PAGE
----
Family-Based Immigrant Visas (sometimes called Family Petition)
Under the Immigration and Nationality Act (also called the INA or The Act) there are two basic groups of family based applications that are allowed to emigrate to the United States: 1) immediate relatives and 2) preference immigrants.
This is what we mean by Immediate Relatives.
Immediate relatives include spouses of U.S. Citizens; minor children (those under 21) of U.S. Citizens; parents of U.S. Citizens (if the petitioner is at least 21 ); and certain other spouses of deceased U.S. Citizens.
This is what we mean by Preference immigrants:
First Preference: Unmarried sons and daughters of U.S. Citizens over the age of twenty-one years.
Second Preference: Spouses or children of aliens lawfully admitted for permanent residence; or Unmarried children of aliens lawfully admitted for permanent residence;
Third Preference: Married children of U.S. Citizens;
Fourth Preference: Brothers or sisters of citizens of the United States, if the Citizens are at least twenty-one years of age.
Preference category immigrants are permitted to have derivative beneficiaries; immediate relatives are not permitted to have derivative beneficiaries. Derivative beneficiaries are the spouse or child of the principal alien in any of the family preference categories. Limits are placed on the number of immigrants permitted to enter the United States through preference category immigration each year. Immediate relatives have no numerical limitation. A monthly Visa Bulletin is published by the U.S. Department of State that establishes the priority dates that are being admitted in each preference category that month. Priority dates are the date of receipt by the U.S. Citizenship and Immigration Services of an immigrant petition. Until a priority date becomes current in a preference category, the prospective immigrant must wait for his or her priority date to become current to enter the United States as a permanent resident either through consular processing or, if the immigrant is already in the United States, through adjustment of status. The U.S. Government Visa Bulletin with current priority dates can be found at http://travel.state.gov/visa/frvi/bulletin/bulletin_1360.html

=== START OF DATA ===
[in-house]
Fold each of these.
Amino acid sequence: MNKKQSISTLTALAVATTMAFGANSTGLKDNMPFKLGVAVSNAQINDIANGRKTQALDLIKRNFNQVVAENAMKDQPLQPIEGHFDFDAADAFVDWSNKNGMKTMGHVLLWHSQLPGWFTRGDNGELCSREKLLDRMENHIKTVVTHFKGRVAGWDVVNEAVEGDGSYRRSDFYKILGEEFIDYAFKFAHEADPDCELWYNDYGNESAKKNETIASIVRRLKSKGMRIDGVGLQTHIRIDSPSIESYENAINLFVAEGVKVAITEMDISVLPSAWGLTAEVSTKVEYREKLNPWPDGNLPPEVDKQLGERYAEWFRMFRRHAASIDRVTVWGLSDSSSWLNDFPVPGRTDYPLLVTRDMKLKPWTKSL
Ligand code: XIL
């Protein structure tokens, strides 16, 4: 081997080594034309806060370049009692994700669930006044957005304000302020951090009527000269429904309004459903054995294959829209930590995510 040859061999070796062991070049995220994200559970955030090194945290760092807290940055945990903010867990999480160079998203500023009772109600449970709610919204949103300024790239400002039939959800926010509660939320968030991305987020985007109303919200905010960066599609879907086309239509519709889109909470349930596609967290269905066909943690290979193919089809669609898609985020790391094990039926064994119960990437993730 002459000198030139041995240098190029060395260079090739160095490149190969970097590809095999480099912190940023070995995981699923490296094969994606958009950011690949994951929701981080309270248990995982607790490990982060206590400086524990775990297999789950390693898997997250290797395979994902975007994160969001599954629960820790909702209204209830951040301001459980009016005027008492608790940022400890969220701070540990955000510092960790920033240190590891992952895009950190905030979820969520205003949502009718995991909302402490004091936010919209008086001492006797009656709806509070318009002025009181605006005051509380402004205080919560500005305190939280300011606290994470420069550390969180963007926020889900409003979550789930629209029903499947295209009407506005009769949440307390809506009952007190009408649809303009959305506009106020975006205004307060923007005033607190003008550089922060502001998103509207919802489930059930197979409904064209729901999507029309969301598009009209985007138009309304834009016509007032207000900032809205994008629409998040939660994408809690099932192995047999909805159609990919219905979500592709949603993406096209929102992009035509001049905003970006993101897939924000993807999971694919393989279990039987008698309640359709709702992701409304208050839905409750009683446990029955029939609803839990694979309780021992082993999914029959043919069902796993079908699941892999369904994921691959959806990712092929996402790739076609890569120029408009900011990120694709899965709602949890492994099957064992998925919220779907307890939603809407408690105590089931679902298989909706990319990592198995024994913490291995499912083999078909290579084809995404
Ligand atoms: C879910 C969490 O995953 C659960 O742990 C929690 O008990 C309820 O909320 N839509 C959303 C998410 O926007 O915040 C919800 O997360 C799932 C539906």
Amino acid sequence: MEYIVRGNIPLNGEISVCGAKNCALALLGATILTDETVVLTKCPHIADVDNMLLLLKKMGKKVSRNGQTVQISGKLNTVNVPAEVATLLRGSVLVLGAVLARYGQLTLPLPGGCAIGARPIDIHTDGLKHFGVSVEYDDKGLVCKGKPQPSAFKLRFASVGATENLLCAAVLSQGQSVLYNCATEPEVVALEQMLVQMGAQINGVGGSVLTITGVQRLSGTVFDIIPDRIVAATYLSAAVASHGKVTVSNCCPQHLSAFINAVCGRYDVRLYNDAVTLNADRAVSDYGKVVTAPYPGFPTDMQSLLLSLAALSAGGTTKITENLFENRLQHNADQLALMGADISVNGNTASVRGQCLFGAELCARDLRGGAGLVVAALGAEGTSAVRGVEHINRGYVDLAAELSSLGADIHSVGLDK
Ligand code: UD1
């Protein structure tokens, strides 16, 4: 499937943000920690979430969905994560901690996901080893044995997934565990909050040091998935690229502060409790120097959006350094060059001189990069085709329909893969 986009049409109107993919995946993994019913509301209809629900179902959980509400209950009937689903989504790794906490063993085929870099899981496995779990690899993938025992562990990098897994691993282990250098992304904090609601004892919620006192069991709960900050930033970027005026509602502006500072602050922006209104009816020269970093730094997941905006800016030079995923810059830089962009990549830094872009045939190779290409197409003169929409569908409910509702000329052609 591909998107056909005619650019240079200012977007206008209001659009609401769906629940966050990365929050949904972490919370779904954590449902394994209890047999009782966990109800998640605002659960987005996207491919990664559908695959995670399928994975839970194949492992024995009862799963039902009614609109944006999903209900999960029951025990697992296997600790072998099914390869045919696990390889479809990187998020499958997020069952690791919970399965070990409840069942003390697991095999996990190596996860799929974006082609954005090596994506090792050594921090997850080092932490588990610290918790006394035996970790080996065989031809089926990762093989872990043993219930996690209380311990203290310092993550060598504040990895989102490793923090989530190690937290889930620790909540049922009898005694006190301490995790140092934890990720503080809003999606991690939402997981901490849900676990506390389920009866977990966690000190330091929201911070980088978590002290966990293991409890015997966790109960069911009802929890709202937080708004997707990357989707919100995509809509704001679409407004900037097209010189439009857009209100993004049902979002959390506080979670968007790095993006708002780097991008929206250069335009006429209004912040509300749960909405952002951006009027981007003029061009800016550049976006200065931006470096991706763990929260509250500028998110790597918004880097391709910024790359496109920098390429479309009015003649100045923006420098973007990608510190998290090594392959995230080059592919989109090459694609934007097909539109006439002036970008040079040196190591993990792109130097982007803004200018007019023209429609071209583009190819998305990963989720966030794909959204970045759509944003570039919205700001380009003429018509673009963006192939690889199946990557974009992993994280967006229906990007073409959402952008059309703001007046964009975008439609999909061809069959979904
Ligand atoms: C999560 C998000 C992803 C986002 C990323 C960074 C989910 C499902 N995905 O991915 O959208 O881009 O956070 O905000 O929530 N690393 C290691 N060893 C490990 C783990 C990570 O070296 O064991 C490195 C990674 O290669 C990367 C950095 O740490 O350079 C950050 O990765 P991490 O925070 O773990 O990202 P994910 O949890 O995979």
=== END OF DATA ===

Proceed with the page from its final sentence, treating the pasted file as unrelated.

Family Based Removal of Conditions
If someone gets permanent resident status through a U.S. Citizen or Permanent Resident spouse and the marriage was not two years old at the time the individual obtained permanent residence, the permanent residence is conditional for two years. In the ninety day period prior to the two year anniversary of the grant of conditional permanent residence, the couple must file a joint petition to remove the conditional basis of the permanent residence. If the marriage ends in divorce the conditional permanent resident spouse can file a petition to waive the joint filing requirement. This petition must be filed after the divorce is final. It cannot be filed while the couple is still married but in the process of obtaining a divorce. Abused spouses may also file for a waiver of the joint filing requirement and conditional residents who would suffer extreme hardship if the joint filing requirement is not waived may also file for a waiver of the joint filing requirement.